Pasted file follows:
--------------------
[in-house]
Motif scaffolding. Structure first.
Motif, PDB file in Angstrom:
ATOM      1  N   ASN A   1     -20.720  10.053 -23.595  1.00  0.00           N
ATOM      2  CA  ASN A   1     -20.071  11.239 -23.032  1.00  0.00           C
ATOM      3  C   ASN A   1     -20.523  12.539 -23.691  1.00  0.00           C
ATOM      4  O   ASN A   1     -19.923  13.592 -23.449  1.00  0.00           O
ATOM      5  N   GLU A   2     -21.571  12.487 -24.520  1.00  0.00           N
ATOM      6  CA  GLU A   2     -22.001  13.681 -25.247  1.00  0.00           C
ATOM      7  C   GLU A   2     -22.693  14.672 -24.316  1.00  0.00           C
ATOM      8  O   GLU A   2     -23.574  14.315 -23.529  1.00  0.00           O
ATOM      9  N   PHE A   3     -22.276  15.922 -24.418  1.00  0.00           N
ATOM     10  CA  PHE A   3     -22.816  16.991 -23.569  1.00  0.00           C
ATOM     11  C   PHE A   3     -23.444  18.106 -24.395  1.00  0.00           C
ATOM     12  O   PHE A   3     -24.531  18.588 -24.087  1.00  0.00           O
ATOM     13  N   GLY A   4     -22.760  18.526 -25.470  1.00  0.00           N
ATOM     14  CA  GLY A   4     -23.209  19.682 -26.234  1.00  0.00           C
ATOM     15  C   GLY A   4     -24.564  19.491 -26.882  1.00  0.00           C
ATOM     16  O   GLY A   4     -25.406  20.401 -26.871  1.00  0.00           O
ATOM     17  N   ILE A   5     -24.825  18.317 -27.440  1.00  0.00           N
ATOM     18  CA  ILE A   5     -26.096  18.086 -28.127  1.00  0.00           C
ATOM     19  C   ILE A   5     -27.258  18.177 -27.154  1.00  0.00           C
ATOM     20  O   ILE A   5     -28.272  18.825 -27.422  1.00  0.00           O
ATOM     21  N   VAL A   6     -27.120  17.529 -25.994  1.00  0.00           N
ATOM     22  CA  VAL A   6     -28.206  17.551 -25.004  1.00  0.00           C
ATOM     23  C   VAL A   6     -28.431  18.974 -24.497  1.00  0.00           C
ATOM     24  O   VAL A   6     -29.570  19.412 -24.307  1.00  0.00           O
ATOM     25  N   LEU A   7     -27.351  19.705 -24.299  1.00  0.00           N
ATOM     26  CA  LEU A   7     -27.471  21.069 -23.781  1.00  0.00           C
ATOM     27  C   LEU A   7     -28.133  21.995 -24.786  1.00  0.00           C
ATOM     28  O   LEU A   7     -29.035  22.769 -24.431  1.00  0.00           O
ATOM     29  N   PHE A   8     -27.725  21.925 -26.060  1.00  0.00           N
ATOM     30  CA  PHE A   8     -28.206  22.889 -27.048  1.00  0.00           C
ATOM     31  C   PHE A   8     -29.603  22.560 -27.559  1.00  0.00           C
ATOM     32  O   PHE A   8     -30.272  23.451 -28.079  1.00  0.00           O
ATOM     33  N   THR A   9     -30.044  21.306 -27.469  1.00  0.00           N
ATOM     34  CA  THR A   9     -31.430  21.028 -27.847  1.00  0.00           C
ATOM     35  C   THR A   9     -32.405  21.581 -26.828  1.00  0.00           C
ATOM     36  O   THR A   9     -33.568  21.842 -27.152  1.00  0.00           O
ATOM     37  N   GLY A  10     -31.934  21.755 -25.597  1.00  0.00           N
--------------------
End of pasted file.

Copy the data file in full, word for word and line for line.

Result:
[in-house]
Motif scaffolding. Structure first.
Motif, PDB file in Angstrom:
ATOM      1  N   ASN A   1     -20.720  10.053 -23.595  1.00  0.00           N
ATOM      2  CA  ASN A   1     -20.071  11.239 -23.032  1.00  0.00           C
ATOM      3  C   ASN A   1     -20.523  12.539 -23.691  1.00  0.00           C
ATOM      4  O   ASN A   1     -19.923  13.592 -23.449  1.00  0.00           O
ATOM      5  N   GLU A   2     -21.571  12.487 -24.520  1.00  0.00           N
ATOM      6  CA  GLU A   2     -22.001  13.681 -25.247  1.00  0.00           C
ATOM      7  C   GLU A   2     -22.693  14.672 -24.316  1.00  0.00           C
ATOM      8  O   GLU A   2     -23.574  14.315 -23.529  1.00  0.00           O
ATOM      9  N   PHE A   3     -22.276  15.922 -24.418  1.00  0.00           N
ATOM     10  CA  PHE A   3     -22.816  16.991 -23.569  1.00  0.00           C
ATOM     11  C   PHE A   3     -23.444  18.106 -24.395  1.00  0.00           C
ATOM     12  O   PHE A   3     -24.531  18.588 -24.087  1.00  0.00           O
ATOM     13  N   GLY A   4     -22.760  18.526 -25.470  1.00  0.00           N
ATOM     14  CA  GLY A   4     -23.209  19.682 -26.234  1.00  0.00           C
ATOM     15  C   GLY A   4     -24.564  19.491 -26.882  1.00  0.00           C
ATOM     16  O   GLY A   4     -25.406  20.401 -26.871  1.00  0.00           O
ATOM     17  N   ILE A   5     -24.825  18.317 -27.440  1.00  0.00           N
ATOM     18  CA  ILE A   5     -26.096  18.086 -28.127  1.00  0.00           C
ATOM     19  C   ILE A   5     -27.258  18.177 -27.154  1.00  0.00           C
ATOM     20  O   ILE A   5     -28.272  18.825 -27.422  1.00  0.00           O
ATOM     21  N   VAL A   6     -27.120  17.529 -25.994  1.00  0.00           N
ATOM     22  CA  VAL A   6     -28.206  17.551 -25.004  1.00  0.00           C
ATOM     23  C   VAL A   6     -28.431  18.974 -24.497  1.00  0.00           C
ATOM     24  O   VAL A   6     -29.570  19.412 -24.307  1.00  0.00           O
ATOM     25  N   LEU A   7     -27.351  19.705 -24.299  1.00  0.00           N
ATOM     26  CA  LEU A   7     -27.471  21.069 -23.781  1.00  0.00           C
ATOM     27  C   LEU A   7     -28.133  21.995 -24.786  1.00  0.00           C
ATOM     28  O   LEU A   7     -29.035  22.769 -24.431  1.00  0.00           O
ATOM     29  N   PHE A   8     -27.725  21.925 -26.060  1.00  0.00           N
ATOM     30  CA  PHE A   8     -28.206  22.889 -27.048  1.00  0.00           C
ATOM     31  C   PHE A   8     -29.603  22.560 -27.559  1.00  0.00           C
ATOM     32  O   PHE A   8     -30.272  23.451 -28.079  1.00  0.00           O
ATOM     33  N   THR A   9     -30.044  21.306 -27.469  1.00  0.00           N
ATOM     34  CA  THR A   9     -31.430  21.028 -27.847  1.00  0.00           C
ATOM     35  C   THR A   9     -32.405  21.581 -26.828  1.00  0.00           C
ATOM     36  O   THR A   9     -33.568  21.842 -27.152  1.00  0.00           O
ATOM     37  N   GLY A  10     -31.934  21.755 -25.597  1.00  0.00           N